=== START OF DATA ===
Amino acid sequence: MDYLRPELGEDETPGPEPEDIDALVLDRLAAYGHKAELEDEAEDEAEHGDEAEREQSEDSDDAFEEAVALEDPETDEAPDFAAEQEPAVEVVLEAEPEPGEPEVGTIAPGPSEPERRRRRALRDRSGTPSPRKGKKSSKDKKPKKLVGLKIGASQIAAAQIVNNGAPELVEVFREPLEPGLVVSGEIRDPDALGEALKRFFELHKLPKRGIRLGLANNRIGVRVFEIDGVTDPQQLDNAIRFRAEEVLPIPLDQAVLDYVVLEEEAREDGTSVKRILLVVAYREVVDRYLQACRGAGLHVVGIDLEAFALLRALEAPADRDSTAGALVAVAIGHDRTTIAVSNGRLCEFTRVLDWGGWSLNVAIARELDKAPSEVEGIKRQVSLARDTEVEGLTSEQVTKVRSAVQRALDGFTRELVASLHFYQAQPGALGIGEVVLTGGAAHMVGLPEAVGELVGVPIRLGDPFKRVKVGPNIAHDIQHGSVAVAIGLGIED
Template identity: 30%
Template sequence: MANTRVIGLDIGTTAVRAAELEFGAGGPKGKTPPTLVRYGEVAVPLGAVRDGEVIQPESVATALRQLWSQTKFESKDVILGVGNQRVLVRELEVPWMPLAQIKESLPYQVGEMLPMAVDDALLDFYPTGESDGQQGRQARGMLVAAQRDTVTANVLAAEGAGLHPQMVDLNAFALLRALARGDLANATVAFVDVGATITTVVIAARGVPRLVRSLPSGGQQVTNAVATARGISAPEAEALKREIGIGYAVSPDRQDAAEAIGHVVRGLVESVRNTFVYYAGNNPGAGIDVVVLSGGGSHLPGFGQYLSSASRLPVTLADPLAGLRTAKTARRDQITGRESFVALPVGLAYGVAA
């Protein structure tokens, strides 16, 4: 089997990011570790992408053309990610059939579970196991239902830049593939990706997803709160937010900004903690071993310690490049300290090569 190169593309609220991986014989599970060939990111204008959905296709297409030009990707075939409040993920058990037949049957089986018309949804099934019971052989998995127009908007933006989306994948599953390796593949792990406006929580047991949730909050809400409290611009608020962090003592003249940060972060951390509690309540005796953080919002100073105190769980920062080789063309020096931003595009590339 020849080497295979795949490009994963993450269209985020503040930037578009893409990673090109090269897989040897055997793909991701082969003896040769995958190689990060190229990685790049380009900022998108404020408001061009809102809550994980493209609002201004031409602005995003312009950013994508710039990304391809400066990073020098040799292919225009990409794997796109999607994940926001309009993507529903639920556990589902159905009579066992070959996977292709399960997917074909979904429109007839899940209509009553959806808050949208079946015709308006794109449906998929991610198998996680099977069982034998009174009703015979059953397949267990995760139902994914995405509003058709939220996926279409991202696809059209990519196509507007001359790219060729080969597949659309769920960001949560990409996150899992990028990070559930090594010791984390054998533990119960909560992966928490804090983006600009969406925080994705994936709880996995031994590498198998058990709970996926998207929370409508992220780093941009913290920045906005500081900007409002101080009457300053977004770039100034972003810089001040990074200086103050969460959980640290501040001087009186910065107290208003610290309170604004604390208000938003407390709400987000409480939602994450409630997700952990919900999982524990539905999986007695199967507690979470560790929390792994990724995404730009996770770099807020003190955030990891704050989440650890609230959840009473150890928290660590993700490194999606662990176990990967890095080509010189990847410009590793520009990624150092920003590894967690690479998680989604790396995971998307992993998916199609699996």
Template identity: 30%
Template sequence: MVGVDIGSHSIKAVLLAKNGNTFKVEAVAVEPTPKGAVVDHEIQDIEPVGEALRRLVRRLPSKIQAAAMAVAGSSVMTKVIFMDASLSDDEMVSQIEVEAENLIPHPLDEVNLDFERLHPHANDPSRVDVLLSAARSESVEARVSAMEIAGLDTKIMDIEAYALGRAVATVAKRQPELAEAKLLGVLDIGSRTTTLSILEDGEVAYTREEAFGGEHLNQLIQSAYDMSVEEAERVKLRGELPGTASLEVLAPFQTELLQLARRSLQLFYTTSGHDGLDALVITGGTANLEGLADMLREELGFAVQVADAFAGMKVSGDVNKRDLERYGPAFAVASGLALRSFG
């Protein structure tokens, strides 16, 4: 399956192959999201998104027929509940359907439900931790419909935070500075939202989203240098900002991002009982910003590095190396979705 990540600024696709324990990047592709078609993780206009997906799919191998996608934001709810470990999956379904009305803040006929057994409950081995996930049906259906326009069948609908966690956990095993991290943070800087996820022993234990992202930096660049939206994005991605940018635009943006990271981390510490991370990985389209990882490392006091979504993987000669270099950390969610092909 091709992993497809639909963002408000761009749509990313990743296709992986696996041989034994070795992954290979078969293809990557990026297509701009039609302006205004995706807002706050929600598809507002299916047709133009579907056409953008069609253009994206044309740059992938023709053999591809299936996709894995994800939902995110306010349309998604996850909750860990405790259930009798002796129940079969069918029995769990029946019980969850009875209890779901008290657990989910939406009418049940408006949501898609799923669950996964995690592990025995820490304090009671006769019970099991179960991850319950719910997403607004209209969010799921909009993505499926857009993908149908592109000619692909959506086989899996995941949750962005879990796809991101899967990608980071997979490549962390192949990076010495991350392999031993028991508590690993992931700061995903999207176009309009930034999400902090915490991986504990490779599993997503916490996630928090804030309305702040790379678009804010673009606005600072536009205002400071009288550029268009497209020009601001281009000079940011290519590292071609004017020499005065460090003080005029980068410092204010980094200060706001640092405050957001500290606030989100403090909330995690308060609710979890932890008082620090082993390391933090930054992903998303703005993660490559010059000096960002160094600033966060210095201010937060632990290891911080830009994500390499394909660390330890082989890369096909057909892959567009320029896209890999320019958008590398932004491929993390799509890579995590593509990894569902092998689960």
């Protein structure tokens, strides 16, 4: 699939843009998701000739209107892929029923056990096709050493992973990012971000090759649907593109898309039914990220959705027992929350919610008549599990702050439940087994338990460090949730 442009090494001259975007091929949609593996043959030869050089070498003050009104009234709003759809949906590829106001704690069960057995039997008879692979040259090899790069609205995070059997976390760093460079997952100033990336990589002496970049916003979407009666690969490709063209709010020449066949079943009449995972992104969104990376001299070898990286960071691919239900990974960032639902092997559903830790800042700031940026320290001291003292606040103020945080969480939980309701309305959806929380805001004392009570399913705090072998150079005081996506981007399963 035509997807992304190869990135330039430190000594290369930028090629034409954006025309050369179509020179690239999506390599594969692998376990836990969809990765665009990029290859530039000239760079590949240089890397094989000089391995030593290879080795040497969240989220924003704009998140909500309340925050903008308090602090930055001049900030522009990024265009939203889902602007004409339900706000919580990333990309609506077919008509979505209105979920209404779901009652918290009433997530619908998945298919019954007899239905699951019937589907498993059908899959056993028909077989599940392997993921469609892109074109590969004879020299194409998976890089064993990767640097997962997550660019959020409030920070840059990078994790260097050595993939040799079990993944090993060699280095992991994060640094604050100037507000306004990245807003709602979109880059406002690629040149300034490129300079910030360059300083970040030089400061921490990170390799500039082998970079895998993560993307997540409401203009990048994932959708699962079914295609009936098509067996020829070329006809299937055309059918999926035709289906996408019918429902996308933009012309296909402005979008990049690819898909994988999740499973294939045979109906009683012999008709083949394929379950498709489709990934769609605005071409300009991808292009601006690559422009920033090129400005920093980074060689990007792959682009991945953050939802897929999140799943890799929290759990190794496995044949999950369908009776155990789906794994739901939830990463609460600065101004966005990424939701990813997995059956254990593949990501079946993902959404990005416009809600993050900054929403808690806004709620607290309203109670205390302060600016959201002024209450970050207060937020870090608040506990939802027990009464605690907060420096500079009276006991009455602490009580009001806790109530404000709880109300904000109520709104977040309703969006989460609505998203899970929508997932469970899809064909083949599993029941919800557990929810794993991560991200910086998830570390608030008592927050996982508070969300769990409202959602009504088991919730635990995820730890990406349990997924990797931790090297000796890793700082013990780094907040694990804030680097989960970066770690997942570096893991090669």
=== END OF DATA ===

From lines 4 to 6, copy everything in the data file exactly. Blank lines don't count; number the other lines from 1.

């Protein structure tokens, strides 16, 4: 089997990011570790992408053309990610059939579970196991239902830049593939990706997803709160937010900004903690071993310690490049300290090569 190169593309609220991986014989599970060939990111204008959905296709297409030009990707075939409040993920058990037949049957089986018309949804099934019971052989998995127009908007933006989306994948599953390796593949792990406006929580047991949730909050809400409290611009608020962090003592003249940060972060951390509690309540005796953080919002100073105190769980920062080789063309020096931003595009590339 020849080497295979795949490009994963993450269209985020503040930037578009893409990673090109090269897989040897055997793909991701082969003896040769995958190689990060190229990685790049380009900022998108404020408001061009809102809550994980493209609002201004031409602005995003312009950013994508710039990304391809400066990073020098040799292919225009990409794997796109999607994940926001309009993507529903639920556990589902159905009579066992070959996977292709399960997917074909979904429109007839899940209509009553959806808050949208079946015709308006794109449906998929991610198998996680099977069982034998009174009703015979059953397949267990995760139902994914995405509003058709939220996926279409991202696809059209990519196509507007001359790219060729080969597949659309769920960001949560990409996150899992990028990070559930090594010791984390054998533990119960909560992966928490804090983006600009969406925080994705994936709880996995031994590498198998058990709970996926998207929370409508992220780093941009913290920045906005500081900007409002101080009457300053977004770039100034972003810089001040990074200086103050969460959980640290501040001087009186910065107290208003610290309170604004604390208000938003407390709400987000409480939602994450409630997700952990919900999982524990539905999986007695199967507690979470560790929390792994990724995404730009996770770099807020003190955030990891704050989440650890609230959840009473150890928290660590993700490194999606662990176990990967890095080509010189990847410009590793520009990624150092920003590894967690690479998680989604790396995971998307992993998916199609699996």
Template identity: 30%
Template sequence: MVGVDIGSHSIKAVLLAKNGNTFKVEAVAVEPTPKGAVVDHEIQDIEPVGEALRRLVRRLPSKIQAAAMAVAGSSVMTKVIFMDASLSDDEMVSQIEVEAENLIPHPLDEVNLDFERLHPHANDPSRVDVLLSAARSESVEARVSAMEIAGLDTKIMDIEAYALGRAVATVAKRQPELAEAKLLGVLDIGSRTTTLSILEDGEVAYTREEAFGGEHLNQLIQSAYDMSVEEAERVKLRGELPGTASLEVLAPFQTELLQLARRSLQLFYTTSGHDGLDALVITGGTANLEGLADMLREELGFAVQVADAFAGMKVSGDVNKRDLERYGPAFAVASGLALRSFG